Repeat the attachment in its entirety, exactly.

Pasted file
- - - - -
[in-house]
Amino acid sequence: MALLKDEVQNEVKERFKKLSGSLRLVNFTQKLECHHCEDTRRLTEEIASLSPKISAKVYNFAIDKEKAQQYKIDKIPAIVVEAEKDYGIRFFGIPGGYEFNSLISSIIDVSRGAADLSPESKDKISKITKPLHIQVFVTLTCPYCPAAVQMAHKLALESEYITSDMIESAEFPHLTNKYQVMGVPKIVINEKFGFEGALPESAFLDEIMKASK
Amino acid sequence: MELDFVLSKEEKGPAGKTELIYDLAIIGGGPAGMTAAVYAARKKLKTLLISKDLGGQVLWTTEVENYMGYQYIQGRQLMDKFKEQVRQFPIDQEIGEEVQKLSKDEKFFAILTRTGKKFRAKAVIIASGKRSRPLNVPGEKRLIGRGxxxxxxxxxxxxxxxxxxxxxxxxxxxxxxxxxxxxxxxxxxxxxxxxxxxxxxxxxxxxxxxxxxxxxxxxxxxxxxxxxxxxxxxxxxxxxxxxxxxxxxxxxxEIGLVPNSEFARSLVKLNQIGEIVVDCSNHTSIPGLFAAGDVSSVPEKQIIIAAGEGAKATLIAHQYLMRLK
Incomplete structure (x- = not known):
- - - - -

[in-house]
Amino acid sequence: MALLKDEVQNEVKERFKKLSGSLRLVNFTQKLECHHCEDTRRLTEEIASLSPKISAKVYNFAIDKEKAQQYKIDKIPAIVVEAEKDYGIRFFGIPGGYEFNSLISSIIDVSRGAADLSPESKDKISKITKPLHIQVFVTLTCPYCPAAVQMAHKLALESEYITSDMIESAEFPHLTNKYQVMGVPKIVINEKFGFEGALPESAFLDEIMKASK
Amino acid sequence: MELDFVLSKEEKGPAGKTELIYDLAIIGGGPAGMTAAVYAARKKLKTLLISKDLGGQVLWTTEVENYMGYQYIQGRQLMDKFKEQVRQFPIDQEIGEEVQKLSKDEKFFAILTRTGKKFRAKAVIIASGKRSRPLNVPGEKRLIGRGxxxxxxxxxxxxxxxxxxxxxxxxxxxxxxxxxxxxxxxxxxxxxxxxxxxxxxxxxxxxxxxxxxxxxxxxxxxxxxxxxxxxxxxxxxxxxxxxxxxxxxxxxxEIGLVPNSEFARSLVKLNQIGEIVVDCSNHTSIPGLFAAGDVSSVPEKQIIIAAGEGAKATLIAHQYLMRLK
Incomplete structure (x- = not known):